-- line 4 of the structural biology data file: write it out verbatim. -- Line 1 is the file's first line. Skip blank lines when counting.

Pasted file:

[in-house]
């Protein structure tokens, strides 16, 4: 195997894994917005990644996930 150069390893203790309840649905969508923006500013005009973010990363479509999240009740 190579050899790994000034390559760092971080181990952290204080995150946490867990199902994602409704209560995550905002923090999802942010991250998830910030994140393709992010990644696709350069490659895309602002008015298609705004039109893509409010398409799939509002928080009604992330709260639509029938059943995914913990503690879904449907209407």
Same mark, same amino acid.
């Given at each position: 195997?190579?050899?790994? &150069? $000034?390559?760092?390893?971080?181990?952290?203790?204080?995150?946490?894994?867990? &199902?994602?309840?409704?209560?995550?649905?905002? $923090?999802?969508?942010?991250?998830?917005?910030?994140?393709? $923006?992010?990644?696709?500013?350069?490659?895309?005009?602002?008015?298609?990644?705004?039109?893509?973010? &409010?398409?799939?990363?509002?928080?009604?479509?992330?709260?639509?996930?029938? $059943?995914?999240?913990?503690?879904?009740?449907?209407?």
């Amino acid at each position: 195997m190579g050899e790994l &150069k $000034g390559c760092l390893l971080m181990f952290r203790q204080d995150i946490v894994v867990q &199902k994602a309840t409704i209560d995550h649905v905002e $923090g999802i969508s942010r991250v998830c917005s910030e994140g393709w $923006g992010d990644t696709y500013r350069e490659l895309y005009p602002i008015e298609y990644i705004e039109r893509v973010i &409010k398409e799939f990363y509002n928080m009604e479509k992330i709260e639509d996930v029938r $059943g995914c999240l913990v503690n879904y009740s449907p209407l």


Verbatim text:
């Given at each position: 195997?190579?050899?790994? &150069? $000034?390559?760092?390893?971080?181990?952290?203790?204080?995150?946490?894994?867990? &199902?994602?309840?409704?209560?995550?649905?905002? $923090?999802?969508?942010?991250?998830?917005?910030?994140?393709? $923006?992010?990644?696709?500013?350069?490659?895309?005009?602002?008015?298609?990644?705004?039109?893509?973010? &409010?398409?799939?990363?509002?928080?009604?479509?992330?709260?639509?996930?029938? $059943?995914?999240?913990?503690?879904?009740?449907?209407?």